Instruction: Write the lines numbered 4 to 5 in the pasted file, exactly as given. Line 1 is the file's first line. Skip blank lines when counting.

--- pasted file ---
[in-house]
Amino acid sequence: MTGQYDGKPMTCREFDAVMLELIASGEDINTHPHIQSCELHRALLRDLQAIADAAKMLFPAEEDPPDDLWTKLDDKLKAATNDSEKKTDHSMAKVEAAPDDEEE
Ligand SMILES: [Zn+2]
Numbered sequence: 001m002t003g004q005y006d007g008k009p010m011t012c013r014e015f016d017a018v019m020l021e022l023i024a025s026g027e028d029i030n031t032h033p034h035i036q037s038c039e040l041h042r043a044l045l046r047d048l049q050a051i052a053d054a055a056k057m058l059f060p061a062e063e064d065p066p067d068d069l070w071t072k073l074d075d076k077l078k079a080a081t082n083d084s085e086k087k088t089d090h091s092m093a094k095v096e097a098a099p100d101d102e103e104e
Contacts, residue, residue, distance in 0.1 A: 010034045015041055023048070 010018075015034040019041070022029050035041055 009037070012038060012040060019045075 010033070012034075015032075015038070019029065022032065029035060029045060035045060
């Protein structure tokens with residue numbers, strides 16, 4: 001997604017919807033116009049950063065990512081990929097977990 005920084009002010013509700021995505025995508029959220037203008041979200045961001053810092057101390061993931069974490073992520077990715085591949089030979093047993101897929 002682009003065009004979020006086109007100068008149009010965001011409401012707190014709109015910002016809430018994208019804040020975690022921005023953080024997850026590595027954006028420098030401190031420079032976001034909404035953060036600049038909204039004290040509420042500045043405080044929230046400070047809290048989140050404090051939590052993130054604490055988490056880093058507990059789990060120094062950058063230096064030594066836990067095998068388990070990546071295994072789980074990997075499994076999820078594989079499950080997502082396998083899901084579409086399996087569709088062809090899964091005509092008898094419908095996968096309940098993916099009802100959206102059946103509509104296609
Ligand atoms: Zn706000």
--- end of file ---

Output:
Numbered sequence: 001m002t003g004q005y006d007g008k009p010m011t012c013r014e015f016d017a018v019m020l021e022l023i024a025s026g027e028d029i030n031t032h033p034h035i036q037s038c039e040l041h042r043a044l045l046r047d048l049q050a051i052a053d054a055a056k057m058l059f060p061a062e063e064d065p066p067d068d069l070w071t072k073l074d075d076k077l078k079a080a081t082n083d084s085e086k087k088t089d090h091s092m093a094k095v096e097a098a099p100d101d102e103e104e
Contacts, residue, residue, distance in 0.1 A: 010034045015041055023048070 010018075015034040019041070022029050035041055 009037070012038060012040060019045075 010033070012034075015032075015038070019029065022032065029035060029045060035045060